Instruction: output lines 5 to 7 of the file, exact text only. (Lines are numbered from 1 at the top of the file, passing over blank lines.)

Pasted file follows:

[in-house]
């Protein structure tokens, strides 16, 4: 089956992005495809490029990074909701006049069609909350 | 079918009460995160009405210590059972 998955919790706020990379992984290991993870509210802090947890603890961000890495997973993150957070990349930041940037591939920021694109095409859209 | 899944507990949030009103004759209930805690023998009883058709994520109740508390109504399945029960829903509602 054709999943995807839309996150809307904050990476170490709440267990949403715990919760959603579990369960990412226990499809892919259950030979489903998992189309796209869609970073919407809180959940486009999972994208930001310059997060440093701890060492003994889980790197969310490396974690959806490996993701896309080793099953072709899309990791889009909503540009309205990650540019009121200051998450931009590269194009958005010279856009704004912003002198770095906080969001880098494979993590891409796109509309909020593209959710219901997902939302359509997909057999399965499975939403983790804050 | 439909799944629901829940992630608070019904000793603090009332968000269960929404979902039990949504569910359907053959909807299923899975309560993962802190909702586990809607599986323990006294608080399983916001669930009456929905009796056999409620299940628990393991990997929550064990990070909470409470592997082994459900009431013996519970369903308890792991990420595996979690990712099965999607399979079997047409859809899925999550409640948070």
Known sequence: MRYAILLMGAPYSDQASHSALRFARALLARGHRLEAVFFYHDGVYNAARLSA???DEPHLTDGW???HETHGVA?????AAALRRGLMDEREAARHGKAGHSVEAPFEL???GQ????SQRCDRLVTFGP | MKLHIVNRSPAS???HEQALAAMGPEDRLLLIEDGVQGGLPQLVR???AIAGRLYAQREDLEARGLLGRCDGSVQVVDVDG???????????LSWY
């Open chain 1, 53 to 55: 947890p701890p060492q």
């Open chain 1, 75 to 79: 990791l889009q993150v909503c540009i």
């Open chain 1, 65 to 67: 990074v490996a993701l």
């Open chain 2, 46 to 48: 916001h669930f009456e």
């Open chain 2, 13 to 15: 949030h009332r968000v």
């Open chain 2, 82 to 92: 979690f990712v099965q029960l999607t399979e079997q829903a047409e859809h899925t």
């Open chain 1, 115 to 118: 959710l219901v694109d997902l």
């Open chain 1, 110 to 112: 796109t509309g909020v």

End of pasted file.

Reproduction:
């Open chain 1, 75 to 79: 990791l889009q993150v909503c540009i």
């Open chain 1, 65 to 67: 990074v490996a993701l």
């Open chain 2, 46 to 48: 916001h669930f009456e």